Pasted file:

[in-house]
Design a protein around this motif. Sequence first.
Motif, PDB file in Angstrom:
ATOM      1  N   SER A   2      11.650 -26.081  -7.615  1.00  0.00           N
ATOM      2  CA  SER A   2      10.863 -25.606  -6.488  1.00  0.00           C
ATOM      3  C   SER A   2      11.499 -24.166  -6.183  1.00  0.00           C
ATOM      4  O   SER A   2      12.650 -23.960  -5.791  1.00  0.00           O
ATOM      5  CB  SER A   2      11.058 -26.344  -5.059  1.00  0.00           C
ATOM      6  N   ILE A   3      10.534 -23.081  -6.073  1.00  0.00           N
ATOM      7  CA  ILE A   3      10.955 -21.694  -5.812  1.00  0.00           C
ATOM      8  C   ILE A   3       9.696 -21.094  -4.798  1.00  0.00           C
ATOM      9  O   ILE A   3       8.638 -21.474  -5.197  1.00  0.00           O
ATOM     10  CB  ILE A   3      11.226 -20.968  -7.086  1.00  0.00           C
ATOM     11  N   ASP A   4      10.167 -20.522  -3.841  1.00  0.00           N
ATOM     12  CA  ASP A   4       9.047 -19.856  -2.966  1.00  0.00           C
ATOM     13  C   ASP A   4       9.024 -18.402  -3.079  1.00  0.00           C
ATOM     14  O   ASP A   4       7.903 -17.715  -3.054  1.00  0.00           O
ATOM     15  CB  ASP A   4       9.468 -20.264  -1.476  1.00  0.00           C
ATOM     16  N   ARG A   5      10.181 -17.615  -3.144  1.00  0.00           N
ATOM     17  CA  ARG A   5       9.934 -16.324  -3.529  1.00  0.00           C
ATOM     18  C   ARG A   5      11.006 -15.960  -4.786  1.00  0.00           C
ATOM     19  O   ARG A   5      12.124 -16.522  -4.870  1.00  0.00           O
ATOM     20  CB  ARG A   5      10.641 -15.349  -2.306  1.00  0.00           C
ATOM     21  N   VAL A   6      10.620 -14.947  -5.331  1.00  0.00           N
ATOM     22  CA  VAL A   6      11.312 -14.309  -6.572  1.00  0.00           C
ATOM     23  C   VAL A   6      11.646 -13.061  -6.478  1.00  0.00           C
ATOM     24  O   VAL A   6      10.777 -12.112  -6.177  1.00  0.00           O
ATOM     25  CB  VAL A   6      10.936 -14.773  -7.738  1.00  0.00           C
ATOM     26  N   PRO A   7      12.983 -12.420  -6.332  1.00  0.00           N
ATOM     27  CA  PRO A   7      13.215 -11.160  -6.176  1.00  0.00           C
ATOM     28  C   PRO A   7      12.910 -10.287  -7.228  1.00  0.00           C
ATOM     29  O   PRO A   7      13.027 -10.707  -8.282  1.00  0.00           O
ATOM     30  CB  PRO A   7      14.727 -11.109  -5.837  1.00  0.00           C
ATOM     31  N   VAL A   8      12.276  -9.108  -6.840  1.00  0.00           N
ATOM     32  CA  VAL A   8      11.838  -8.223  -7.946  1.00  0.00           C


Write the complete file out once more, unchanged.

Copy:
[in-house]
Design a protein around this motif. Sequence first.
Motif, PDB file in Angstrom:
ATOM      1  N   SER A   2      11.650 -26.081  -7.615  1.00  0.00           N
ATOM      2  CA  SER A   2      10.863 -25.606  -6.488  1.00  0.00           C
ATOM      3  C   SER A   2      11.499 -24.166  -6.183  1.00  0.00           C
ATOM      4  O   SER A   2      12.650 -23.960  -5.791  1.00  0.00           O
ATOM      5  CB  SER A   2      11.058 -26.344  -5.059  1.00  0.00           C
ATOM      6  N   ILE A   3      10.534 -23.081  -6.073  1.00  0.00           N
ATOM      7  CA  ILE A   3      10.955 -21.694  -5.812  1.00  0.00           C
ATOM      8  C   ILE A   3       9.696 -21.094  -4.798  1.00  0.00           C
ATOM      9  O   ILE A   3       8.638 -21.474  -5.197  1.00  0.00           O
ATOM     10  CB  ILE A   3      11.226 -20.968  -7.086  1.00  0.00           C
ATOM     11  N   ASP A   4      10.167 -20.522  -3.841  1.00  0.00           N
ATOM     12  CA  ASP A   4       9.047 -19.856  -2.966  1.00  0.00           C
ATOM     13  C   ASP A   4       9.024 -18.402  -3.079  1.00  0.00           C
ATOM     14  O   ASP A   4       7.903 -17.715  -3.054  1.00  0.00           O
ATOM     15  CB  ASP A   4       9.468 -20.264  -1.476  1.00  0.00           C
ATOM     16  N   ARG A   5      10.181 -17.615  -3.144  1.00  0.00           N
ATOM     17  CA  ARG A   5       9.934 -16.324  -3.529  1.00  0.00           C
ATOM     18  C   ARG A   5      11.006 -15.960  -4.786  1.00  0.00           C
ATOM     19  O   ARG A   5      12.124 -16.522  -4.870  1.00  0.00           O
ATOM     20  CB  ARG A   5      10.641 -15.349  -2.306  1.00  0.00           C
ATOM     21  N   VAL A   6      10.620 -14.947  -5.331  1.00  0.00           N
ATOM     22  CA  VAL A   6      11.312 -14.309  -6.572  1.00  0.00           C
ATOM     23  C   VAL A   6      11.646 -13.061  -6.478  1.00  0.00           C
ATOM     24  O   VAL A   6      10.777 -12.112  -6.177  1.00  0.00           O
ATOM     25  CB  VAL A   6      10.936 -14.773  -7.738  1.00  0.00           C
ATOM     26  N   PRO A   7      12.983 -12.420  -6.332  1.00  0.00           N
ATOM     27  CA  PRO A   7      13.215 -11.160  -6.176  1.00  0.00           C
ATOM     28  C   PRO A   7      12.910 -10.287  -7.228  1.00  0.00           C
ATOM     29  O   PRO A   7      13.027 -10.707  -8.282  1.00  0.00           O
ATOM     30  CB  PRO A   7      14.727 -11.109  -5.837  1.00  0.00           C
ATOM     31  N   VAL A   8      12.276  -9.108  -6.840  1.00  0.00           N
ATOM     32  CA  VAL A   8      11.838  -8.223  -7.946  1.00  0.00           C